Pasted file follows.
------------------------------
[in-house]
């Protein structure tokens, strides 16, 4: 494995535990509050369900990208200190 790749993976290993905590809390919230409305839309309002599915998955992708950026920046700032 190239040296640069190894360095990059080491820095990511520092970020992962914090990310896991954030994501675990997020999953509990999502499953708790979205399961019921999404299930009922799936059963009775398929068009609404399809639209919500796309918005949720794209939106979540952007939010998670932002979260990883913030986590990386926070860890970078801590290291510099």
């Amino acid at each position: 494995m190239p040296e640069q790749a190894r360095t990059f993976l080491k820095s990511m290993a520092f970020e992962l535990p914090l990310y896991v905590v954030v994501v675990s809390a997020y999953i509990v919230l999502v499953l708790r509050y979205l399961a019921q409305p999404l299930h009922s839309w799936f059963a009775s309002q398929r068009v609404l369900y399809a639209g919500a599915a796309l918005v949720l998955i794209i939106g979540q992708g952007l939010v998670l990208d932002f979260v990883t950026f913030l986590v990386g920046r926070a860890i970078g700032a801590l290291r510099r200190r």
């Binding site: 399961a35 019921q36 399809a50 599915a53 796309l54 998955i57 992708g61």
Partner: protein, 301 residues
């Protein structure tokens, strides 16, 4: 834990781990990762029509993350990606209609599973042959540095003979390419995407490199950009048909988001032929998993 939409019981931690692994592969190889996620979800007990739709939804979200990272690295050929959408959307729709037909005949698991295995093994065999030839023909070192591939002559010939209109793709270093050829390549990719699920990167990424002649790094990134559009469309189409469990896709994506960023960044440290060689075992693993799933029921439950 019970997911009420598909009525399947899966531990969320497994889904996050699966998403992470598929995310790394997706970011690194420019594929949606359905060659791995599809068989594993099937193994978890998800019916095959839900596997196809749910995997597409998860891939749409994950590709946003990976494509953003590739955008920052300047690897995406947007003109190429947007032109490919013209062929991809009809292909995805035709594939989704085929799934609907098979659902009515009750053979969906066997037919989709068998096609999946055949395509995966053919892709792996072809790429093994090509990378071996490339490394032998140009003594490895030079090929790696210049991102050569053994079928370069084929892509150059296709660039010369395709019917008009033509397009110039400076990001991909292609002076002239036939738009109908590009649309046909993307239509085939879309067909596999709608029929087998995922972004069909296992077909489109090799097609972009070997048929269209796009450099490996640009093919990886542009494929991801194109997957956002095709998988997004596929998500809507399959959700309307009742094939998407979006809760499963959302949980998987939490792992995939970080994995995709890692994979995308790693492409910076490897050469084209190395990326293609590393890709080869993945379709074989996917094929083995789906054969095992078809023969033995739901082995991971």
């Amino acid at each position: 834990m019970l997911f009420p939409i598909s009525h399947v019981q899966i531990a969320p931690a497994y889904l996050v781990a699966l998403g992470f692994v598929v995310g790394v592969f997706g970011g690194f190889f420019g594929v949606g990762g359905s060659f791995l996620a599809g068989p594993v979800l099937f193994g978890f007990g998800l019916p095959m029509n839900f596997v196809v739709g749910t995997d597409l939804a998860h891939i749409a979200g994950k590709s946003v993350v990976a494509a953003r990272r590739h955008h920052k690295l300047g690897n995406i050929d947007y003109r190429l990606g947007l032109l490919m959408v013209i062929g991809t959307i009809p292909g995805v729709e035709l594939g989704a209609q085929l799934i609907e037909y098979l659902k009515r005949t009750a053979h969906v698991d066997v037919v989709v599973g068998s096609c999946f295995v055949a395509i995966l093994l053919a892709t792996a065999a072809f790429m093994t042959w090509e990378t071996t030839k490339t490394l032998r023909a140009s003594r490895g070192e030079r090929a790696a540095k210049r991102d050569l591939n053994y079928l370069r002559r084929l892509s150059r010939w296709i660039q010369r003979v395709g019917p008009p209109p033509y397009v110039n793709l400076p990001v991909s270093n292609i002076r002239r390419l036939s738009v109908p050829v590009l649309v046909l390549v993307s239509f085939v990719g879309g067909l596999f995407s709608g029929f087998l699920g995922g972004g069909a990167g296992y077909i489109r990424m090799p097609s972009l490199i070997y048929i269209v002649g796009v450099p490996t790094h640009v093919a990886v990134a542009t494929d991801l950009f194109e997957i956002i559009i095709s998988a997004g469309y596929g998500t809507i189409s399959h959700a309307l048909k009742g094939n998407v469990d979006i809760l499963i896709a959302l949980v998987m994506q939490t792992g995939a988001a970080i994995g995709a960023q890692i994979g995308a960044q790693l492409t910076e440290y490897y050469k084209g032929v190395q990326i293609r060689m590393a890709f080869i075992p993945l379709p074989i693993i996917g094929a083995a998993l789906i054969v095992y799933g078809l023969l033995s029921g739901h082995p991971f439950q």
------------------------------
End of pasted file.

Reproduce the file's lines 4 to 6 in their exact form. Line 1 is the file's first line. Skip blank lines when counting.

């Binding site: 399961a35 019921q36 399809a50 599915a53 796309l54 998955i57 992708g61």
Partner: protein, 301 residues
């Protein structure tokens, strides 16, 4: 834990781990990762029509993350990606209609599973042959540095003979390419995407490199950009048909988001032929998993 939409019981931690692994592969190889996620979800007990739709939804979200990272690295050929959408959307729709037909005949698991295995093994065999030839023909070192591939002559010939209109793709270093050829390549990719699920990167990424002649790094990134559009469309189409469990896709994506960023960044440290060689075992693993799933029921439950 019970997911009420598909009525399947899966531990969320497994889904996050699966998403992470598929995310790394997706970011690194420019594929949606359905060659791995599809068989594993099937193994978890998800019916095959839900596997196809749910995997597409998860891939749409994950590709946003990976494509953003590739955008920052300047690897995406947007003109190429947007032109490919013209062929991809009809292909995805035709594939989704085929799934609907098979659902009515009750053979969906066997037919989709068998096609999946055949395509995966053919892709792996072809790429093994090509990378071996490339490394032998140009003594490895030079090929790696210049991102050569053994079928370069084929892509150059296709660039010369395709019917008009033509397009110039400076990001991909292609002076002239036939738009109908590009649309046909993307239509085939879309067909596999709608029929087998995922972004069909296992077909489109090799097609972009070997048929269209796009450099490996640009093919990886542009494929991801194109997957956002095709998988997004596929998500809507399959959700309307009742094939998407979006809760499963959302949980998987939490792992995939970080994995995709890692994979995308790693492409910076490897050469084209190395990326293609590393890709080869993945379709074989996917094929083995789906054969095992078809023969033995739901082995991971």